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SC Dem Debate Open Thread

I missed the first half hour of the debate, so if you all have anything to get me up to speed on, let me know. I’m not recording every Q&A, just ones that catch my attention.

Here is one of the exchanges I missed:

I came in on the question about whether the sub-prime mess involved race-based discrimination in  targeting blacks specifically who should have not been extended these risky loans. I think the question is leading. Of course blacks (some tricked others undereducated), in the complexity of these loans were roped into the debacle, but the fact of the matter is people at all income levels, including those who couldn’t normally qualify for a loan and more importantly, many middle class folks got into the same trouble with second loans.

John Edwards did acknowledge how the problem could be race-based, given the legacy of discrimination in the U.S., but quite frankly the problem is so large you really have to look at the sub-prime loan debacle as an equal opportunity problem. Now the predatory lending problems that involve payday loans have in the past clearly targeted low-income blacks, latinos and members of the military.

What I am noticing in this debate is that Clinton and Edwards struck clear body blows on Obama on votes that he was “present” for (as opposed to yes/no), including a bill that would help victims of sexual assault. Obama got testy and defensive, naturally, pointing out that some of her criticisms have not been accurate.

Around 9:20, race and this election was directly addressed:

Should the prospect of electing the first black president be a factor in determining people’s votes?

Edwards said he was in no place to presume what should motivate voters in this election, and discussed his efforts at studying ways to eliminate poverty, which would affect those at the bottom of the socioeconomic ladder. Clinton rattled off poverty statistics that show how blacks have fared under Bush versus her husband’s administration. Obama at first doesn’t answer the question either, again focusing on poverty and related issues such as health care access. He does raise the issue of the media focusing on race, and says he doesn’t want to sell the American people short on their ability to take the long view beyond race.

That’s an admirable sentiment, but unfortunately I don’t think it’s going to play out that way. Too many players — the MSM, consultants, surrogates, even the pols themselves — will spend too much time stirring the pot and letting it boil over.

9:30: CNN’s Joe Johns pulled it back to race and quoted Toni Morrison’s infamous quote about Bill Clinton being the first black president.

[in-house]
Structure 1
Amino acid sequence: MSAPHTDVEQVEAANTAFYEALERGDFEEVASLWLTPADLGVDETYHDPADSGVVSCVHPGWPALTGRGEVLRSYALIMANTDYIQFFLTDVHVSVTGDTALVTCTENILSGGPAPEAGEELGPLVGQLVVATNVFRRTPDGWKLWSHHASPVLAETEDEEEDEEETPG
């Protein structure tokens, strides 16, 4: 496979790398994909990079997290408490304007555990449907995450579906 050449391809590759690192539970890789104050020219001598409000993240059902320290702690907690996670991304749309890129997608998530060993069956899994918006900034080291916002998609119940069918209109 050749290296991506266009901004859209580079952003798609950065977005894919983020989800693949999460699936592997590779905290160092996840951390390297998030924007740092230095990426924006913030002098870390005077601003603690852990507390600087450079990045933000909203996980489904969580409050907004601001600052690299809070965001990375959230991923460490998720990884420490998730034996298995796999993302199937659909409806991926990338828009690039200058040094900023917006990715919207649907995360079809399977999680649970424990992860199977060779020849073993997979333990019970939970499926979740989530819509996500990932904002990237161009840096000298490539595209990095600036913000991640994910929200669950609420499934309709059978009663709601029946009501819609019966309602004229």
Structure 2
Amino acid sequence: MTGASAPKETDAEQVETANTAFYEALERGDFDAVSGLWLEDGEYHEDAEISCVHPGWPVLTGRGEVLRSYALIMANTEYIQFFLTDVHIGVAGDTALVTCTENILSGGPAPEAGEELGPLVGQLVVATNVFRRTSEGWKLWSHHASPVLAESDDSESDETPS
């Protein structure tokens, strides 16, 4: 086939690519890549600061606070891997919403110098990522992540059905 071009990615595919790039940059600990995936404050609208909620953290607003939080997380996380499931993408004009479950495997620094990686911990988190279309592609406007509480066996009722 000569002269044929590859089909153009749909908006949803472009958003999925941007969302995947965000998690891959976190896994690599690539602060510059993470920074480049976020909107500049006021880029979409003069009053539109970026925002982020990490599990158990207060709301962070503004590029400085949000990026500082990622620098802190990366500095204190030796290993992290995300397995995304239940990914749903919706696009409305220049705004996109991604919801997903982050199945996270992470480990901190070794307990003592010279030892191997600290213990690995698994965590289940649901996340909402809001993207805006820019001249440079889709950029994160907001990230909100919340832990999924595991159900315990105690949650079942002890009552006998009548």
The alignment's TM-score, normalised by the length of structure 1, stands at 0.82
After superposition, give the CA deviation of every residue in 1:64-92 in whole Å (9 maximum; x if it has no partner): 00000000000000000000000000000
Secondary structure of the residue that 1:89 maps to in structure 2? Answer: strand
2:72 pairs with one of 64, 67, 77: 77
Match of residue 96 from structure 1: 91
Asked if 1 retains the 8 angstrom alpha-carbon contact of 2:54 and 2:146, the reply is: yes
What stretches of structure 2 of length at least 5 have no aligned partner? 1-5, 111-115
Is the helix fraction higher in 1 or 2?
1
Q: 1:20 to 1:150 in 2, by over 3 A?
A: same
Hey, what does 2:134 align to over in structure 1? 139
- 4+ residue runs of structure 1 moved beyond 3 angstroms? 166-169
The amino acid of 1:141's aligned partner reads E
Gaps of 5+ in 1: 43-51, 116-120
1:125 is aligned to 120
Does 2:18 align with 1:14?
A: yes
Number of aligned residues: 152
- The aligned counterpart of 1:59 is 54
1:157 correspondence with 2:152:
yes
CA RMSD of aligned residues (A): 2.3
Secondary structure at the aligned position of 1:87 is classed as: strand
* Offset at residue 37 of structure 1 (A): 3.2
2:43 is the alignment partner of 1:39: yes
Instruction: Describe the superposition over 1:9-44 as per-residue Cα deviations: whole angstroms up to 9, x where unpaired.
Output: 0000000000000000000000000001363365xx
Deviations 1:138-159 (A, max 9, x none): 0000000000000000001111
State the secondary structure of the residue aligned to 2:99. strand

Obama took the diplomatic route and really didn’t answer the question, other than to admire the ability of southern white men like Bill Clinton and John Edwards to “create a different vision” of society in regards to race relations. Hillary Clinton’s answer was to give props to Dr. King for the diversity of the candidates onstage.

Obama raised the issue of the disparity in incarceration of black men and the injustices in the criminal justice system that make it clear our society have a long way to go. Hillary Clinton pointed out the gender inequity that persists — women still earn 77 cents on the dollar compared to men, and women of color make 67 cents on the dollar.

Edwards referenced his experience of living in the segregated South and its impact on people here — and the fact that Republicans may not deal with racial injustice, but Democrats are ignoring the obvious as well. He aptly noted how so many neighborhoods in America are self-segregated, and how those with means are the only ones able to move to where the better schools are and away from crime ridden zones.

More after the jump.9:40: Clinton was asked about the role of her husband in her administration, and if there is a risk that Bill will overshadow her.

Man, she didn’t answer this one at all, and only talked about her 35 years of experience and how she will represent the people of America. This was a legitimate question because of the unique position she would hold as president and the spouse of a former president.

Barack Obama focused on the role and importance of presidential spouses generally, but also dodged the question of Bill’s influence on Hillary’s administration and segued into a discussion about taking on the GOP and regaining a solid majority on the Hill and control of the White House. Oy. I guess this is tonight’s third rail question.  

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Pam Spaulding

Pam Spaulding